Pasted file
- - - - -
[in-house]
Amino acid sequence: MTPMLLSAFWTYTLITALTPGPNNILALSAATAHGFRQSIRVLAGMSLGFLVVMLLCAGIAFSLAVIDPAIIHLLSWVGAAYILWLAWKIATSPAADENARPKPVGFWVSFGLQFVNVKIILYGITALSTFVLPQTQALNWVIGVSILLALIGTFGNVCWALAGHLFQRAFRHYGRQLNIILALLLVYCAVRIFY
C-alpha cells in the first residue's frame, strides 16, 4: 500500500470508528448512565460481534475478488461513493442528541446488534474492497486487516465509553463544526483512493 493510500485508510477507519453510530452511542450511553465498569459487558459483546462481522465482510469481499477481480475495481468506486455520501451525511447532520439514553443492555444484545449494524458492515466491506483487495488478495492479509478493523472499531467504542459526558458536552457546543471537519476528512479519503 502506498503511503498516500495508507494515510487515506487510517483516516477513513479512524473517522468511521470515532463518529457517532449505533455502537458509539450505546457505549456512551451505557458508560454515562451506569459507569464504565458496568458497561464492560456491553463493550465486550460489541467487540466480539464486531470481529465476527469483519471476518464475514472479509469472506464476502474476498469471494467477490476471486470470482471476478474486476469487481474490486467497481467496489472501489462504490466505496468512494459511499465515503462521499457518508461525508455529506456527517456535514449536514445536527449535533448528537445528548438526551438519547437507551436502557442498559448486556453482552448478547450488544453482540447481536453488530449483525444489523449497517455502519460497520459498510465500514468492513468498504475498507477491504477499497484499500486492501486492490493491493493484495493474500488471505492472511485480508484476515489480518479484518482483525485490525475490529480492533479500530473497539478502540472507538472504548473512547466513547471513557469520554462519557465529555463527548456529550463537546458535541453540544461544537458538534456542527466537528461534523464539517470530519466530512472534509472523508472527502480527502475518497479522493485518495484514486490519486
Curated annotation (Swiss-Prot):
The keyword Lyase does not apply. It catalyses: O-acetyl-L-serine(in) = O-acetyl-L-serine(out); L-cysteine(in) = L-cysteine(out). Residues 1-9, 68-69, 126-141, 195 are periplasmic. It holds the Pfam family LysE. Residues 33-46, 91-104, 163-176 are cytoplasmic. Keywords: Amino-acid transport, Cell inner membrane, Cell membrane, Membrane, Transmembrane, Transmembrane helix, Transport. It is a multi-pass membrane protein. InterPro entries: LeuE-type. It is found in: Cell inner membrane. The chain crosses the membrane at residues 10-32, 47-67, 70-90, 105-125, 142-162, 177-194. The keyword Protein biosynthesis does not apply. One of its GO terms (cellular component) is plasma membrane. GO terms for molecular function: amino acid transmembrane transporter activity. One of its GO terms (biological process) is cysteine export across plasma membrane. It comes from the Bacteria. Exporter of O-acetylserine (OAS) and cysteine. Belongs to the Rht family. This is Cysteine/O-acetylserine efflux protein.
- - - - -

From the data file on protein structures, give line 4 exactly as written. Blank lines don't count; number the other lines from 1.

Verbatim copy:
Curated annotation (Swiss-Prot):